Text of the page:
As if awaiting our execution, we sat in fading silence until the salad arrived. Without meaning to, I served myself exactly one leaf. The leaf sat alone on my plate as I stared at it and grew desperate at the very idea of consuming it. So I cut my one leaf in half and then folded the smaller half onto my fork and exercised extreme willpower in bringing it to my mouth. But then a plate of beef carpaccio emerged, accompanied by warm lardo crostini: thin-sliced raw beef, in other words, with cured pork fat on toast. Steak tartare followed, with hon-shimeji mushrooms planted as if the fungus had sprouted directly from the raw meat — a somewhat dubious aesthetic implication — and there was an element of thrill in how much I liked this stuff. And how much of it I actually wanted to eat.
Thrill turned to giddiness when that rib eye arrived (it was about the size and heft of your average garden-path flagstone) on its own cutting board, perched on a cart alongside our table.
“So, how much do you guys know about aging?” asked the chef, Zach Allen.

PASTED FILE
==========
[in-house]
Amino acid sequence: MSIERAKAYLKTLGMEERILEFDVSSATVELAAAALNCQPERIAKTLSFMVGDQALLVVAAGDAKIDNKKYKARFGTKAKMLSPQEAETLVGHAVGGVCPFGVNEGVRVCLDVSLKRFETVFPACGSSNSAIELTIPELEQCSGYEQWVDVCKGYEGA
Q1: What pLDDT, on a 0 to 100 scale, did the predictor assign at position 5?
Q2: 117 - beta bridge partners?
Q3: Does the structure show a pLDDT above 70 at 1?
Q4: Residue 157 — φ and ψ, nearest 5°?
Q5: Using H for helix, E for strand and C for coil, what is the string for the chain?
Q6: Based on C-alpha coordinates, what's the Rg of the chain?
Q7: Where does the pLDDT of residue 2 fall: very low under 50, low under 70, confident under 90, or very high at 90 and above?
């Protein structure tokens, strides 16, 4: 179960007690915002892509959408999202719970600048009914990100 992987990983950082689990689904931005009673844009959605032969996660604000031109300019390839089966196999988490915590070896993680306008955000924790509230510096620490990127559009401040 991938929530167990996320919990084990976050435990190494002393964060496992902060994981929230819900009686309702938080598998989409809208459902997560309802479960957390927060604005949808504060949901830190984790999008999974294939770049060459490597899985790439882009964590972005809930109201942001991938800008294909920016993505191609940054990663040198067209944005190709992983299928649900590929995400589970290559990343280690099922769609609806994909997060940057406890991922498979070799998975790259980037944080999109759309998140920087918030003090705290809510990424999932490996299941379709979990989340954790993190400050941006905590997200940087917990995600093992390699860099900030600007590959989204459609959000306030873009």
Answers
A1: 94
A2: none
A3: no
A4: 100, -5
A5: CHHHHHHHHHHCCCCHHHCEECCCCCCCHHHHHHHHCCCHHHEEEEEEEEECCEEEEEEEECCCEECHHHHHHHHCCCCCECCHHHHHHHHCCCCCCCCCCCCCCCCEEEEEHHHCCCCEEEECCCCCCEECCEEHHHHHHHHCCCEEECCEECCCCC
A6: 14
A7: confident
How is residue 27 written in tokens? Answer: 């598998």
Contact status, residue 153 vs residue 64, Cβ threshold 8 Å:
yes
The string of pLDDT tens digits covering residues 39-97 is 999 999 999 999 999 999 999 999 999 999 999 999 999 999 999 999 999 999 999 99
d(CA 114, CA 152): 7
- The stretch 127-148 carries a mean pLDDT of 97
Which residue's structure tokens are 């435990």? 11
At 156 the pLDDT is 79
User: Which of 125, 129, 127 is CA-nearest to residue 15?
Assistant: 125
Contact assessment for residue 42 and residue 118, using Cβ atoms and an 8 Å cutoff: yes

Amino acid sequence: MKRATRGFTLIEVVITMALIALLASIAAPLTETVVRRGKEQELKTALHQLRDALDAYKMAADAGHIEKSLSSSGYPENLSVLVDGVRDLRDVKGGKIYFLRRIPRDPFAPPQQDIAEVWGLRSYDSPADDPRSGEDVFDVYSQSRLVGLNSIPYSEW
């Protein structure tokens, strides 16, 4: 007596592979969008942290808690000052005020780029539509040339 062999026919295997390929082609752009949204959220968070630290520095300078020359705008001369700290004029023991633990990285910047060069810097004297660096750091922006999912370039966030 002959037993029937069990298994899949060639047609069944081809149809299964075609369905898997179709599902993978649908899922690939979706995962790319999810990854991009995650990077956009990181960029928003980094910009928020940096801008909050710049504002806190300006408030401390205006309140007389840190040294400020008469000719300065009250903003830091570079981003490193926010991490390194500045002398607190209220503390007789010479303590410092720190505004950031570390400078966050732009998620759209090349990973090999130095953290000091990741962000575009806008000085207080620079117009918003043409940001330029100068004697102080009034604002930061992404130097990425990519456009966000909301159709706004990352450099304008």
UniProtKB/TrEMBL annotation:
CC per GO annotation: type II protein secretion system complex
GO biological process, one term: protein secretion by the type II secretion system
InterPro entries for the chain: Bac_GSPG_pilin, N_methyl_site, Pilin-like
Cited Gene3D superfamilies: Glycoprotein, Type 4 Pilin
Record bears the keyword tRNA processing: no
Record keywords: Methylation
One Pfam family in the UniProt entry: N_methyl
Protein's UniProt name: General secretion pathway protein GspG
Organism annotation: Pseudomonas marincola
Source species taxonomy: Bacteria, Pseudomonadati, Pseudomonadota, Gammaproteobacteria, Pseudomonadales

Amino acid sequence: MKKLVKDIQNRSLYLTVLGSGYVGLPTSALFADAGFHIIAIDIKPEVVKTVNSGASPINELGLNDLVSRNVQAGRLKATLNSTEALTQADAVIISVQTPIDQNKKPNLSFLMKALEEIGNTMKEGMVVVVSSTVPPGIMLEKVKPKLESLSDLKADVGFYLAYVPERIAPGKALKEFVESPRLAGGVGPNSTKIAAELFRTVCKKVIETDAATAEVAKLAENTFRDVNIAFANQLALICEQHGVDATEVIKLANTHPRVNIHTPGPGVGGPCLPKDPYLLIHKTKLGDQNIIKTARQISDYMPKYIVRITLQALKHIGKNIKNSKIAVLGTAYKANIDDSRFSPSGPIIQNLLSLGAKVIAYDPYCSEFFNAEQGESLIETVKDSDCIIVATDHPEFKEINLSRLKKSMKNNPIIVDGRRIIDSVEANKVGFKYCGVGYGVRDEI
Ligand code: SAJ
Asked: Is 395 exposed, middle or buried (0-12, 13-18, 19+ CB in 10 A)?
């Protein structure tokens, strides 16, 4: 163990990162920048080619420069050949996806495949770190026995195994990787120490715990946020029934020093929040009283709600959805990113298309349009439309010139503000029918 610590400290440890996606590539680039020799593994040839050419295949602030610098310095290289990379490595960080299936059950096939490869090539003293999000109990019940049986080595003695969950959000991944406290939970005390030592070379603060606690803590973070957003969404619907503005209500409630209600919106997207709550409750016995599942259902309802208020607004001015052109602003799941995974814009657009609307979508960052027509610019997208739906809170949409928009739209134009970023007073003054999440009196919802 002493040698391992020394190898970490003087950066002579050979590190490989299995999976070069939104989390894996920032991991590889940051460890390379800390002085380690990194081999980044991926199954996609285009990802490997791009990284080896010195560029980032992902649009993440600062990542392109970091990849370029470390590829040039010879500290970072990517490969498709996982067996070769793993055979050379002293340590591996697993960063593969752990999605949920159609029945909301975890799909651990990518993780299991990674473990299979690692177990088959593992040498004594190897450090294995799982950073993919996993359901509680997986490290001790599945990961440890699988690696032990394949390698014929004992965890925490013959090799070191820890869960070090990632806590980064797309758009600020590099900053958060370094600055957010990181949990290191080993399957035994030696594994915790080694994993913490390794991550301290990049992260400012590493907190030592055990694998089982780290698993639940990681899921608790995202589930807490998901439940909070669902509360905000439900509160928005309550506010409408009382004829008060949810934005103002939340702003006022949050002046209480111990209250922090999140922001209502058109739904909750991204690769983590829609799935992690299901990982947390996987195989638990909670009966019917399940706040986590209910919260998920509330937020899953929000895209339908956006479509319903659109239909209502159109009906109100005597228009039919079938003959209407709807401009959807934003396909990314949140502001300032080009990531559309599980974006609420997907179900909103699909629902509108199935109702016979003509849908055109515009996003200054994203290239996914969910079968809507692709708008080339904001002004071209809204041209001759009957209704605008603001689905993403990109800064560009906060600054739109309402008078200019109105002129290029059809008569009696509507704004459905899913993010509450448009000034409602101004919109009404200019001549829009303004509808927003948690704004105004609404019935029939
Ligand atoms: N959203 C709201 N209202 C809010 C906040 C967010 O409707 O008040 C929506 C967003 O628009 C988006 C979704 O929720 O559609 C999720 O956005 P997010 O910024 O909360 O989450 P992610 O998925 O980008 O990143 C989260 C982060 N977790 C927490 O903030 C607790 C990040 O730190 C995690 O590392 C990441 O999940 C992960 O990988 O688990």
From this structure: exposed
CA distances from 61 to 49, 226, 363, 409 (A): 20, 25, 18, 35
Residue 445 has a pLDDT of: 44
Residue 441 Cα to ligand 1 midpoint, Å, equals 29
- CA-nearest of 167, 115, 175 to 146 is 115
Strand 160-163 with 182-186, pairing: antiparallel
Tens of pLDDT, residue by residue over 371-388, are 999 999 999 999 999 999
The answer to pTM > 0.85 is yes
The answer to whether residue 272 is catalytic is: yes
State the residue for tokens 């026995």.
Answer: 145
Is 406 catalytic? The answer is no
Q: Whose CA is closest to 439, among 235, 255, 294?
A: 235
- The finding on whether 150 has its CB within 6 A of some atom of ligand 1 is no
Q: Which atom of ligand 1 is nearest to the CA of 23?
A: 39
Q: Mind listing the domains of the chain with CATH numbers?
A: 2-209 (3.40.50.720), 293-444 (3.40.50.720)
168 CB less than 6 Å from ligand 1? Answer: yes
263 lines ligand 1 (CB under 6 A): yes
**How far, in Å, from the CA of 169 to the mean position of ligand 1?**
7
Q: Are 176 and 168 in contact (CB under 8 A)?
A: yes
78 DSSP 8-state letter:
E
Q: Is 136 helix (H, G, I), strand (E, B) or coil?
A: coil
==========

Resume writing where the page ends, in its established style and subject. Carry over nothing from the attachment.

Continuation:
In truth, we’d received quite an introduction, because every Vegas restaurant was making a big deal about it, claiming, by and large, that their beef went through about three weeks of “wet aging,” in which it sat around inside vacuum-sealed plastic bags, and another three weeks of “dry aging,” meaning the meat hung in the dry air of a cold meat locker. The idea behind aging is that once an animal dies, naturally occurring muscle enzymes begin assaulting and destroying other cells, breaking long, flavorless molecules into shorter, tastier bits and also dissolving some of the connective tissue between the muscle fibers, tenderizing the meat. Dry aging also dehydrates the meat, concentrating its remaining flavor but leading to about a 20 percent loss of product, both because of moisture loss and because the exterior becomes so rotten and mold-covered that much of it has to be cut off and thrown away. Because of that, supermarket beef and even most meat at butcher shops is never aged at all. Even high-end Vegas steakhouses generally buy meat that has been wet aged only long enough to start that enzyme work and dry aged only long enough to capture that concentrated flavor without losing poundage.